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Math Entertainment Games

Alternate Baseball Universes 229

Jamie found a NYTimes op-ed by a grad student and a professor from Cornell, outlining some research they did into alternate baseball universes. The goal was to find out how unlikely in fact was Joe DiMaggio's 56-game hitting streak, played out in the 1941 season. No one since has even come close to that record. The math guys ran simulations of the entire history of baseball from 1885 on — 10,000 of them. For each simulation they put each player up to the plate for each at-bat in each game in each year, just like it happened; and they rolled the dice on him, based on his actual hitting stats for that season. (Their algorithm sounds far simpler than whatever the Strat-O-Matic guys use.) The result: Joltin' Joe's record is not merely likely, it's basically a sure thing. Every alternate universe produced a streak of 39 games or better; one reached 109 games. Joe DiMaggio was not the likeliest player in the history of the game to accomplish the record, not by a long shot.
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Alternate Baseball Universes

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  • by Martin Blank ( 154261 ) on Sunday March 30, 2008 @05:19PM (#22915094) Homepage Journal
    No, they reran 1871-2005 through the simulator a total of 10,000 times. This is clear not only from the statement that says as much ("Using a comprehensive collection of baseball statistics from 1871 to 2005, we simulated the entire history of baseball 10,000 times in a computer"), but from the mention that the record was set most often in 1894.
  • by kevinatilusa ( 620125 ) <kcostell@gmail. c o m> on Sunday March 30, 2008 @05:25PM (#22915156)
    From the descriptions I've seen of their research, it seems that they're treating all games identically for the purpose of determining a typical season's behavior. While this may me necessary to make the computation tractable, it's not realistic, and introduces a sizable bias towards long hitting streaks.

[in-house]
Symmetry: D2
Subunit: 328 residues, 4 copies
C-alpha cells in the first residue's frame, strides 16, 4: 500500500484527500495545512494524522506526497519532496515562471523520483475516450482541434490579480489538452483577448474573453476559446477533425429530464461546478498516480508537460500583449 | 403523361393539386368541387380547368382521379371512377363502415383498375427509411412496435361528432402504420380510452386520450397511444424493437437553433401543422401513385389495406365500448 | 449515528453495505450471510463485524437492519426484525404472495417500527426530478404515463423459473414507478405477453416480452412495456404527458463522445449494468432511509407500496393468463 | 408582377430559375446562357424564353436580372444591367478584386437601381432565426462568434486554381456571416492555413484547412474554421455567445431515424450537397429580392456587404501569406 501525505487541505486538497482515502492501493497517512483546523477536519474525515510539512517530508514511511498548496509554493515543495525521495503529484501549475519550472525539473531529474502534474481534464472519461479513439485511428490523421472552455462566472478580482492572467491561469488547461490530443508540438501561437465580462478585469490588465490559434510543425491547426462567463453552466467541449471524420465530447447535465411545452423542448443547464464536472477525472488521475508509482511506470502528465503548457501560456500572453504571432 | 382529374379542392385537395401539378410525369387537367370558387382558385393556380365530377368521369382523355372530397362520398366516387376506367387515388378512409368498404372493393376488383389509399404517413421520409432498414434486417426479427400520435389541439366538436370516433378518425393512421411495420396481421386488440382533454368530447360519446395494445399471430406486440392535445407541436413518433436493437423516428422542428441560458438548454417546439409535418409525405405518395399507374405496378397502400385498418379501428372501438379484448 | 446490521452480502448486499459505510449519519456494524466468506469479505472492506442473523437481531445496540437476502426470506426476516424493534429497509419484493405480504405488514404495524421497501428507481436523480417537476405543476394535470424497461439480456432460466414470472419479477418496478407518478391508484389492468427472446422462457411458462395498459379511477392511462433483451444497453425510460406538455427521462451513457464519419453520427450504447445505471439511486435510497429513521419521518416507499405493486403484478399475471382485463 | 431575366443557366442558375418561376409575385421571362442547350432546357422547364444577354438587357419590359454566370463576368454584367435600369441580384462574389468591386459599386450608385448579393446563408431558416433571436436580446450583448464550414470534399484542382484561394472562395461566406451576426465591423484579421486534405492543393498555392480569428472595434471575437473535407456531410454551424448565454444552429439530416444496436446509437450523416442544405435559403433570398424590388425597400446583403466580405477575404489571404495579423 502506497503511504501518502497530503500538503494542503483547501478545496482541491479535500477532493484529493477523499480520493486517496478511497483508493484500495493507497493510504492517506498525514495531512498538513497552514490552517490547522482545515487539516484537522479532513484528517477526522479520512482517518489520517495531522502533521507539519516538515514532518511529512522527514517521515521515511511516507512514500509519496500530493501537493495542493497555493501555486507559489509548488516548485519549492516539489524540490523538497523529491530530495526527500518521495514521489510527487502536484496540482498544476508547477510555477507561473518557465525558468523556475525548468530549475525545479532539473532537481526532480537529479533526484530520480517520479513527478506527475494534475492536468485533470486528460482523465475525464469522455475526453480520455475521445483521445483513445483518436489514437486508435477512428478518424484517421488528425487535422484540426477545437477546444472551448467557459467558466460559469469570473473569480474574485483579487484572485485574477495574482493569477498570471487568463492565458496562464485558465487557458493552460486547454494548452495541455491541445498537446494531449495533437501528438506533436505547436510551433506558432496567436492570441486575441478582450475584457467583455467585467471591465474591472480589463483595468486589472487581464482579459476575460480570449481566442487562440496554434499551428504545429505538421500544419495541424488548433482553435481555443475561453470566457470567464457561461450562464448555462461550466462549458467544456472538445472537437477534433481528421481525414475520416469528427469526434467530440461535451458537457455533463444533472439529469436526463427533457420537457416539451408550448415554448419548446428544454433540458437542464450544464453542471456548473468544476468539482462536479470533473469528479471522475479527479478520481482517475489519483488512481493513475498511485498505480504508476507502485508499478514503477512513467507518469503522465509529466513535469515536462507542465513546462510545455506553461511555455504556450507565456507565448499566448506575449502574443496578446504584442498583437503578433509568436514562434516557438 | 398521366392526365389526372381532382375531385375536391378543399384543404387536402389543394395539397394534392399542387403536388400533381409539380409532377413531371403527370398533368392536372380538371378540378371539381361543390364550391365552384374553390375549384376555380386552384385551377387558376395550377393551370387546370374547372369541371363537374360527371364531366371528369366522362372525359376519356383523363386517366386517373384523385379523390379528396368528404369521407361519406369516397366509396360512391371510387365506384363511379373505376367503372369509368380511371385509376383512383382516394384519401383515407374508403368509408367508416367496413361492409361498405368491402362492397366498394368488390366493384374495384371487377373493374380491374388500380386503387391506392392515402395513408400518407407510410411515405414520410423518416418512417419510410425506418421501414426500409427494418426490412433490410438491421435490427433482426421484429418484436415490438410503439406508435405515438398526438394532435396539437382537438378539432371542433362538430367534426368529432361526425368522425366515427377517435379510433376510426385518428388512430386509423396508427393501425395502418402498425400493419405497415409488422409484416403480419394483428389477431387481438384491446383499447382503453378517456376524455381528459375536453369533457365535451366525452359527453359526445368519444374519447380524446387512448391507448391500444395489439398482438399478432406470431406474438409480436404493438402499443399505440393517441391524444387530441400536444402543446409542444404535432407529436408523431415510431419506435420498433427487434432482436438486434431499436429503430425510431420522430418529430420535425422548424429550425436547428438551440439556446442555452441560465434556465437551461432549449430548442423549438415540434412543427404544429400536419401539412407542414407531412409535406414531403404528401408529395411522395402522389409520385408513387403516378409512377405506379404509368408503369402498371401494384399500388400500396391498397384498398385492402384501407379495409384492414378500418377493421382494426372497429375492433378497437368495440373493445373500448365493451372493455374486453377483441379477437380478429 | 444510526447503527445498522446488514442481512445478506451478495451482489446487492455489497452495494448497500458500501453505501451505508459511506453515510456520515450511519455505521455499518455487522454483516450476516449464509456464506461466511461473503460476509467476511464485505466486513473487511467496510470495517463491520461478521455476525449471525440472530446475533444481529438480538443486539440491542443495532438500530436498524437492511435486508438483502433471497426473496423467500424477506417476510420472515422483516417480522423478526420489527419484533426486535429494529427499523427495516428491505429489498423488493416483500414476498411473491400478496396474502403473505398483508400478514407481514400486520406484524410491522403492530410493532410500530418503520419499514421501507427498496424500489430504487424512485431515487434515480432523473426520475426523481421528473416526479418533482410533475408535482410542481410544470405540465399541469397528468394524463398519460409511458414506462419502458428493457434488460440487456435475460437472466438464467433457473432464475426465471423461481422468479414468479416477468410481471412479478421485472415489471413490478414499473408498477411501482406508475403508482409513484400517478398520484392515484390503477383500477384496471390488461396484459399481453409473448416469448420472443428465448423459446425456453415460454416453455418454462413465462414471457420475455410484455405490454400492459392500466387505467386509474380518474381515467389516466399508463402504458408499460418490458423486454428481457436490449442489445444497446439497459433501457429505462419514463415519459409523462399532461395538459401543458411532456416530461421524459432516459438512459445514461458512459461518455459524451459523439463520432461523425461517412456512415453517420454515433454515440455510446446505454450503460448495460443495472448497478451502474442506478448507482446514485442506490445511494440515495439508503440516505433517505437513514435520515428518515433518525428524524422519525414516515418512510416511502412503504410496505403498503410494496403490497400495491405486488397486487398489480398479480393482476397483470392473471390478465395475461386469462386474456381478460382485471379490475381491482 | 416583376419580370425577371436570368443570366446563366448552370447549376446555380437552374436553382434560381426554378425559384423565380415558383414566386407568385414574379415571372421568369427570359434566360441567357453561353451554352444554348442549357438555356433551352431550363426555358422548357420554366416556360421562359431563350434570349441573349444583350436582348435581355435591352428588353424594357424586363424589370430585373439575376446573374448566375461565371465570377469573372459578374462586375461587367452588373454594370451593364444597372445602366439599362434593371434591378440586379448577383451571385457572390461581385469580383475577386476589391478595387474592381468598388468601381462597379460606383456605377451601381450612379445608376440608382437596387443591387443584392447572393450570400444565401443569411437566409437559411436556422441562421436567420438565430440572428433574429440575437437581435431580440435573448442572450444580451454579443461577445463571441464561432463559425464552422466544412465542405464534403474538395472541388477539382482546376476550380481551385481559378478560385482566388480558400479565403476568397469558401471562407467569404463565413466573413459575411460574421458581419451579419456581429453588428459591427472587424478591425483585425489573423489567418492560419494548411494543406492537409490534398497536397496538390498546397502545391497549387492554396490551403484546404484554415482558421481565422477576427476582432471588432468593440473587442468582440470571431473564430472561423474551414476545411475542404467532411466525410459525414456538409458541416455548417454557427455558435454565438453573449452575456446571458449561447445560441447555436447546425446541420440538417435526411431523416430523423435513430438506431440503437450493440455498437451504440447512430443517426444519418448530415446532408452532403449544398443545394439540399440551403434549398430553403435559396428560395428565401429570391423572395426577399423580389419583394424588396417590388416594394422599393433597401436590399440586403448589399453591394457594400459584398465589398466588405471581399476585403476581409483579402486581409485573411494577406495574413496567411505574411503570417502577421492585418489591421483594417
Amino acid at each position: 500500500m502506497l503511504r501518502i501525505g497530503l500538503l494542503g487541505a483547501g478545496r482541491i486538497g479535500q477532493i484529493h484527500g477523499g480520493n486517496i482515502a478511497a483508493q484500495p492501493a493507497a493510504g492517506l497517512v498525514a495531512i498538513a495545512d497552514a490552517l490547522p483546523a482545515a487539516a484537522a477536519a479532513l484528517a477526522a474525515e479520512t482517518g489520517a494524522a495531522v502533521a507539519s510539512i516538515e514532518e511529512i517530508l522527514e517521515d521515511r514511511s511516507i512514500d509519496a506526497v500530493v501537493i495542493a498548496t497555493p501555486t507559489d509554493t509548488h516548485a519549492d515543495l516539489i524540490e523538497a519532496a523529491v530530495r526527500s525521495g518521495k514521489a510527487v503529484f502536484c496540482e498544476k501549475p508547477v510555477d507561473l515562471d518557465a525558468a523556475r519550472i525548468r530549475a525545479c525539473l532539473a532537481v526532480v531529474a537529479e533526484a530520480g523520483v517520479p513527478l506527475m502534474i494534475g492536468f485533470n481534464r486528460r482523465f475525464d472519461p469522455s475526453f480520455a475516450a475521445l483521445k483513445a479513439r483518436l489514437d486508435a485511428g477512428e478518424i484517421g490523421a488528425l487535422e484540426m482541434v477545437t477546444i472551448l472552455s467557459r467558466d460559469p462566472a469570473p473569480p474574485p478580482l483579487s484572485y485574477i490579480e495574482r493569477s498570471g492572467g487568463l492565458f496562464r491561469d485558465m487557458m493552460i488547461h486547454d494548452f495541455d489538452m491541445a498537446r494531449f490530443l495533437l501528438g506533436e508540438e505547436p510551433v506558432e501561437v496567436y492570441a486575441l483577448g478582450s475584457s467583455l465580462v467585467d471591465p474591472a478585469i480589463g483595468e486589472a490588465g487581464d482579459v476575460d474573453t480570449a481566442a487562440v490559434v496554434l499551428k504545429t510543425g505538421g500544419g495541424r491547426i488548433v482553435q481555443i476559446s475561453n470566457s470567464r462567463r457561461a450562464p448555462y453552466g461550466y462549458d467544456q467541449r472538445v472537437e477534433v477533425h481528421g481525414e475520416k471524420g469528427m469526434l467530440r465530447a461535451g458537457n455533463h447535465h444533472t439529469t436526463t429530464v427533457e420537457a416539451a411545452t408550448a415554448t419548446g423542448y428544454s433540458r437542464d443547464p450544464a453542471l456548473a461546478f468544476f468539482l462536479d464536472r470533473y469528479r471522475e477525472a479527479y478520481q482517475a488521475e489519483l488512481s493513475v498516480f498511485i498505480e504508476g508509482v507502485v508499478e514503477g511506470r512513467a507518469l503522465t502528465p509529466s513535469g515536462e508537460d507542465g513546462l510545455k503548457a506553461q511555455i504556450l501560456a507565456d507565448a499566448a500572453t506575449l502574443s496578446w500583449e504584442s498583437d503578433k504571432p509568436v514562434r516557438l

In reality, a league is typically very imbalanced from team to team and from pitcher to pitcher (probably even more so in the game of the early 20th century than now). It's easier to get hits off of two successive average pitchers than it is to get hits both off of a very good and a very bad pitcher. For example (to oversimplify a good deal):

    Say the league is split 50/50 between "good" pitchers (pitchers you'll get a hit off of 50% of games) and "bad" pitchers (pitchers you'll get a hit off of 80% of games). In a typical 20 game stretch, you'll encounter 10 good pitchers and 10 bad ones, and your odds of getting a hit in all 20 games would be (0.50)^10(0.80)^10, about 1/9537.

    Under their analyis as I understand it, they'd replace all the pitchers by mediocre pitchers who you'd get a hit off of 65% of the time, and your odds would be (0.65)^20, about 1/5517.

    This one assumption almost doubled your chances of getting a hit in all 20 games.

    There are other biases as well going the other way (ignoring the effect of hitting slumps, for example), but this one jumped out at me.
  • by rufusdufus ( 450462 ) on Sunday March 30, 2008 @05:38PM (#22915248)
    Our simulations did something very much like this, except instead of a coin, we used random numbers generated by a computer.
    It is not mathematically sound to do statistics with a random number generator. Computers do not actually generate random numbers, but instead, they can only make pseudo-random numbers that have a certain distribution.
    Any 'simulation' done in this way will always have a bias.
    In order to get correct statistics, you must actually compute the statistics.
  • It is not mathematically sound to do statistics with a random number generator. Computers do not actually generate random numbers, but instead, they can only make pseudo-random numbers that have a certain distribution. Any 'simulation' done in this way will always have a bias. In order to get correct statistics, you must actually compute the statistics.